Using the specialized Tunnel module for Trimble Access field software and Trimble total stations, a tunnel crew can scan the tunnel profile following each blast and compare it to the tunnel design stored on their field controller. The software enables crews to quickly locate and address areas of underbreak and the scanned data is stored for use in additional quality control. Finally, the software uses the total station to guide the crews in marking the next set of blast holes. Because it streamlines the entire blast-to-blast cycle, the system introduces significant improvements in time and cost efficiency.

By making field software—and the devices on which it runs—more flexible, it’s possible to reduce errors while increasing the accuracy and cost efficiency in gathering geospatial data. While work in tunnels calls for specialized and rugged equipment, many applications can use more conventional hardware as a platform for highly customized software. In addition to supporting Trimble’s durable field controllers, Trimble has developed the TerraFlex system to operate on off-the-shelf devices such as smartphones running iOS, Windows Mobile or Android. Supervisors can quickly create customized data logging forms for the field crews to streamline routine and more specialized functions for gathering geospatial and related information.

Consider the scenario of an inspector looking for maintenance and repair items along a city’s sidewalks. Using a low-cost smartphone, the inspector can capture location, images and attributes of damaged areas. The information is immediately synched to the cloud for access by maintenance supervisors and hazardous conditions can be identified for quick repair. Organizations can create different sets of forms for crews collecting information on vegetation, streetlights or other features, with all data synched into the central database.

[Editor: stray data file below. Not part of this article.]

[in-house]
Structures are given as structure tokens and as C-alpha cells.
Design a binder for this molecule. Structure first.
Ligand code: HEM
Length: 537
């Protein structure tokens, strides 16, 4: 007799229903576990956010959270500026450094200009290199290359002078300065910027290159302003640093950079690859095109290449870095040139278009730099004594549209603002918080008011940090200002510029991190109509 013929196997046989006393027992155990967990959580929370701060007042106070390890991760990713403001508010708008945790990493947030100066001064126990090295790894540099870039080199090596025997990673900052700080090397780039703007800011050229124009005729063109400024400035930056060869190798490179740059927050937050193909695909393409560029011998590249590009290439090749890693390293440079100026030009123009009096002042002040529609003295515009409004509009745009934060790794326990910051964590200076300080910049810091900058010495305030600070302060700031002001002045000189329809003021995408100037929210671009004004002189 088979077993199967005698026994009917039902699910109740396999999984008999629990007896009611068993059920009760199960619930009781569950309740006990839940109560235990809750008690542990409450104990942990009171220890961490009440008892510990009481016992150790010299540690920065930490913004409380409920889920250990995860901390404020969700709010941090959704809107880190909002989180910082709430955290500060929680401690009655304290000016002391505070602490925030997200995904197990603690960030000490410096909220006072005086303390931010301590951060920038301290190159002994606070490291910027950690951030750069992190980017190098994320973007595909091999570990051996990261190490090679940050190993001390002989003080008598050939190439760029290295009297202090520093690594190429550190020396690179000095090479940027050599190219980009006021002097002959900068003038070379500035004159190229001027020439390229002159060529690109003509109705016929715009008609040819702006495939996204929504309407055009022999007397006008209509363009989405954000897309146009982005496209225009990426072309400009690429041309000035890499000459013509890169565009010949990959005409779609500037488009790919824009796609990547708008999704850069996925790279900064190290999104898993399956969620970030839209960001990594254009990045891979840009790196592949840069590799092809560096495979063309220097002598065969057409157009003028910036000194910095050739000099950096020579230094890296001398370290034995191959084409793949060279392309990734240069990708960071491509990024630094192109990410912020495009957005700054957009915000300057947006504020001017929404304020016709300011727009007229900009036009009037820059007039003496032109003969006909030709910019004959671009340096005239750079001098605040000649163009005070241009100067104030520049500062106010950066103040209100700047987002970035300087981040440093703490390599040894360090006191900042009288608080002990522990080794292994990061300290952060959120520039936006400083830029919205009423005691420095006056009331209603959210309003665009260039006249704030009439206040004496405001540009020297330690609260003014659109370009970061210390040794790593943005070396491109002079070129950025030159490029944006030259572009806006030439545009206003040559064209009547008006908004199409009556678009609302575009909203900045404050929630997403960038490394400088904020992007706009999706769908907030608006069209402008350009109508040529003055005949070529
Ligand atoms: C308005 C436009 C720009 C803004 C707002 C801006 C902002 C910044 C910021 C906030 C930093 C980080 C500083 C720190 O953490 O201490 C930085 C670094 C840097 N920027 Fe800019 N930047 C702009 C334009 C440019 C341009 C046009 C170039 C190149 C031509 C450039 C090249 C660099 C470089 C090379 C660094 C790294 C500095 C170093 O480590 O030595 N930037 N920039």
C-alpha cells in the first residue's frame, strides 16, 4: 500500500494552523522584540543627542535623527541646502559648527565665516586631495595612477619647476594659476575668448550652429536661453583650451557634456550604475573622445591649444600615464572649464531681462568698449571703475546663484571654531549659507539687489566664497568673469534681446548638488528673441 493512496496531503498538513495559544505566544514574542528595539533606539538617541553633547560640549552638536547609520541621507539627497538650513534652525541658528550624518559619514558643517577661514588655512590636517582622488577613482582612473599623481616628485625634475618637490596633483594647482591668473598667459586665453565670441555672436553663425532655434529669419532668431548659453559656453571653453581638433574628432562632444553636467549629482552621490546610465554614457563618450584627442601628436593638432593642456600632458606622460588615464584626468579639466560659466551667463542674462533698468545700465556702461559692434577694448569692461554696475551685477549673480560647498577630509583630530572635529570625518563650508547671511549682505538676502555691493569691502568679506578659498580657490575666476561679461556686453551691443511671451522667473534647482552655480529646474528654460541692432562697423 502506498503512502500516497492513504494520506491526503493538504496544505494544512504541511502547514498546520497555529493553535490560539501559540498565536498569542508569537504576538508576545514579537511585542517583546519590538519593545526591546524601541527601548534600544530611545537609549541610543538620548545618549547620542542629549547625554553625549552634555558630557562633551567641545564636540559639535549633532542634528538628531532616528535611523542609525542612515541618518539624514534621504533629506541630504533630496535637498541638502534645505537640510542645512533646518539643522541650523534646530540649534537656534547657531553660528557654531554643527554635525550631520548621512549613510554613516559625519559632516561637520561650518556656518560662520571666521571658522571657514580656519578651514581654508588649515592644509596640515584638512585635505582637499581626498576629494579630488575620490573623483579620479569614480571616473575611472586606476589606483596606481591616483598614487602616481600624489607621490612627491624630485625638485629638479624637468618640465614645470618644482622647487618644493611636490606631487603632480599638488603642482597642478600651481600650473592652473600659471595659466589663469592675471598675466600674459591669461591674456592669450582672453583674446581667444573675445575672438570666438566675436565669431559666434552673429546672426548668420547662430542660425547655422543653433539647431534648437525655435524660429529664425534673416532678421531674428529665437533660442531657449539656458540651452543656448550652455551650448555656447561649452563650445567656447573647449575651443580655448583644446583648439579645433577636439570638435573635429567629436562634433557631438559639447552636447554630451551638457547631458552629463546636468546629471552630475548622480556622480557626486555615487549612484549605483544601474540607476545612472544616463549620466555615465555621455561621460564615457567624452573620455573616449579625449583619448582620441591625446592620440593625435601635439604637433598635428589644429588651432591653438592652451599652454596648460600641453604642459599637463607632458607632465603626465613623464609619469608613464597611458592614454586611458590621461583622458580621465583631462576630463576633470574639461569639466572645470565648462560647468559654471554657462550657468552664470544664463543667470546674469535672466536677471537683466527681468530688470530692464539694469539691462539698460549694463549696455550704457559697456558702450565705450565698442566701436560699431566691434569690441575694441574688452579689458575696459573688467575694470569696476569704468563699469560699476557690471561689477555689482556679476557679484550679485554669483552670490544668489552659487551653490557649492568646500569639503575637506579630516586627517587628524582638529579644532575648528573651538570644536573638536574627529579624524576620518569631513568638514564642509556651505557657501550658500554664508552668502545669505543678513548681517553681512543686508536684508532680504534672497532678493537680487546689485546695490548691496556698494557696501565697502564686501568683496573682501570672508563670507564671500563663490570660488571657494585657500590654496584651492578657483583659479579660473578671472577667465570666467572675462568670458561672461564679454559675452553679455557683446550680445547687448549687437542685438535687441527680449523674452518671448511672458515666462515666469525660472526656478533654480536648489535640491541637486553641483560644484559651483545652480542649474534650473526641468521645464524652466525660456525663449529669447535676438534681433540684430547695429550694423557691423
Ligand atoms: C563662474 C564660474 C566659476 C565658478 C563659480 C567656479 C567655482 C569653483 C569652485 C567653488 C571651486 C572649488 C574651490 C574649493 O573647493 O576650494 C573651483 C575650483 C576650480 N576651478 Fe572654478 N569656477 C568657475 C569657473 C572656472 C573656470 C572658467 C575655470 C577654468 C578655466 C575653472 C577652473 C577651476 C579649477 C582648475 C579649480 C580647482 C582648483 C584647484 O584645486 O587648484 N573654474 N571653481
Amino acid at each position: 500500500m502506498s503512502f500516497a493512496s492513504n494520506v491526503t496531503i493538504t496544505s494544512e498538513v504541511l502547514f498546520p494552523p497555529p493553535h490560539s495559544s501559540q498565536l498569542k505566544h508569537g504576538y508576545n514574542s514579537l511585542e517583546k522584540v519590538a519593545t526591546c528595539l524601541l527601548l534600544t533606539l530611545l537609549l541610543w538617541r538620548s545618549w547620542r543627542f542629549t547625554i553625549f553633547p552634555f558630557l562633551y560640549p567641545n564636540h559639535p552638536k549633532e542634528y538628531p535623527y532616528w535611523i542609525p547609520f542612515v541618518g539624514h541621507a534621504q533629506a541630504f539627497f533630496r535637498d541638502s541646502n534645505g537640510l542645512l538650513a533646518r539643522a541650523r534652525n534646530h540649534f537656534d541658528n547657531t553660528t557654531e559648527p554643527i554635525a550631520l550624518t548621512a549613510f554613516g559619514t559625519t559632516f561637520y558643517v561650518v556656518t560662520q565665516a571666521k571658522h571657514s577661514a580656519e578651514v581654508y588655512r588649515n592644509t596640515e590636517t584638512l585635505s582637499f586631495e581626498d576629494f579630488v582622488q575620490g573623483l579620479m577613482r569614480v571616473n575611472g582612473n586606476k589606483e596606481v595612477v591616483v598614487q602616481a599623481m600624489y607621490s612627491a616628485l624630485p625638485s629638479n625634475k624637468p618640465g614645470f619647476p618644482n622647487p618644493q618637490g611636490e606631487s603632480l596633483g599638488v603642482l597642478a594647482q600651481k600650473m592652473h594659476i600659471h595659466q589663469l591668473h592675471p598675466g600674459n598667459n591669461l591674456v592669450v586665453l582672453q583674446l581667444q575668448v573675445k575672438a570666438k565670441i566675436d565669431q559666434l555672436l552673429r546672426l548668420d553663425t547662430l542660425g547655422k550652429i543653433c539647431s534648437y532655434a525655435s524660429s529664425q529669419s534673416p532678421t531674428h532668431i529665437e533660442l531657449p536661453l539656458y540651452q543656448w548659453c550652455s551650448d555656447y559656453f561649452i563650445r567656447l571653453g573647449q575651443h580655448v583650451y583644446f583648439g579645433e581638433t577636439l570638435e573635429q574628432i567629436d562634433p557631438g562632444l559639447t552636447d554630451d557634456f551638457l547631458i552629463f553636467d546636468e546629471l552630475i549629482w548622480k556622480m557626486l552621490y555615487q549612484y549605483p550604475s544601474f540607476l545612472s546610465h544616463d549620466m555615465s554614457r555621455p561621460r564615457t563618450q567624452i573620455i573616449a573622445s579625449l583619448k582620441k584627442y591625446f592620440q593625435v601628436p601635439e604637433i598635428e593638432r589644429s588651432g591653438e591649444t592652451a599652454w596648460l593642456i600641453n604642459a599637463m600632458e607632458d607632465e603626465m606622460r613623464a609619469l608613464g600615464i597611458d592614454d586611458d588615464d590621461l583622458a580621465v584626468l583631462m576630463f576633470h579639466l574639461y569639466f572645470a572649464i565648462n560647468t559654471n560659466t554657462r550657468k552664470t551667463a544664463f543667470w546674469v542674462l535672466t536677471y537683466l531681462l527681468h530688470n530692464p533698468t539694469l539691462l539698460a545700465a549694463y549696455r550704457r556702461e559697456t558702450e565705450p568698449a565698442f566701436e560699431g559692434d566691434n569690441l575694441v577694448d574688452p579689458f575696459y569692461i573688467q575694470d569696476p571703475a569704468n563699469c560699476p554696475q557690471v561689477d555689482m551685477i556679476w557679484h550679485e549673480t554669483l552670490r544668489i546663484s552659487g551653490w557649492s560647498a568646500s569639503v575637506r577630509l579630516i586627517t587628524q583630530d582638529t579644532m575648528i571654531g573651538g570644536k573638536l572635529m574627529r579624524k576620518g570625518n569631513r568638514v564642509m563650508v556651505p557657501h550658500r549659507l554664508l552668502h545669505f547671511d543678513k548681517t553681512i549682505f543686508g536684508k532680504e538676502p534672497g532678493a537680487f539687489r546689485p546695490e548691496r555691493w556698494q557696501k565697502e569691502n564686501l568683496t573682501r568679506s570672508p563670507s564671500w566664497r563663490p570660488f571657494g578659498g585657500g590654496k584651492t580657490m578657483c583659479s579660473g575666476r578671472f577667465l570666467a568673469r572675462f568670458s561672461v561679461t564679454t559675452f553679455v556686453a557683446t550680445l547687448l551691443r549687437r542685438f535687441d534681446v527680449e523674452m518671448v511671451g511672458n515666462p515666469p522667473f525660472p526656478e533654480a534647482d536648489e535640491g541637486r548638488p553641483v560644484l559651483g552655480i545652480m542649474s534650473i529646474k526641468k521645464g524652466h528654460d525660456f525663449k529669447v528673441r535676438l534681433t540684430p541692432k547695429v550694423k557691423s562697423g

Using multiple, specialized forms makes an organization more flexible and productive. For example, the sidewalk inspector may notice damage to a bus stop. By switching to the appropriate form, the inspector can quickly log the information and then return to his or her original task. Because the field software guides data collection, the information delivered to the database is complete and in the proper form.

Accelerating the Speed of Work
As integration between measurements and analysis tightens, the movement of information will become even faster. Whether it is making an adjustment in the rate of fertilizer application or computing the amount of fill needed to restore a washed out roadway, geospatial information plays an essential role in a decision or process. The continuous movement of information helps to ensure speed and accuracy throughout the work.

Much of the infrastructure for continuous information is already in place. Communications networks, smartphones and tablet computers already support many geospatial applications, and the trend will accelerate. The rapid flow of information will drive faster decisions, which in turn facilitate more rapid actions and response. It’s an upward, positive spiral. As geospatial professionals, we must make sure our colleagues and clients have the skills and tools to move at the ever-increasing pace.

Cloud-based data management provides immediate access to field data. Multiple users can view information simultaneously.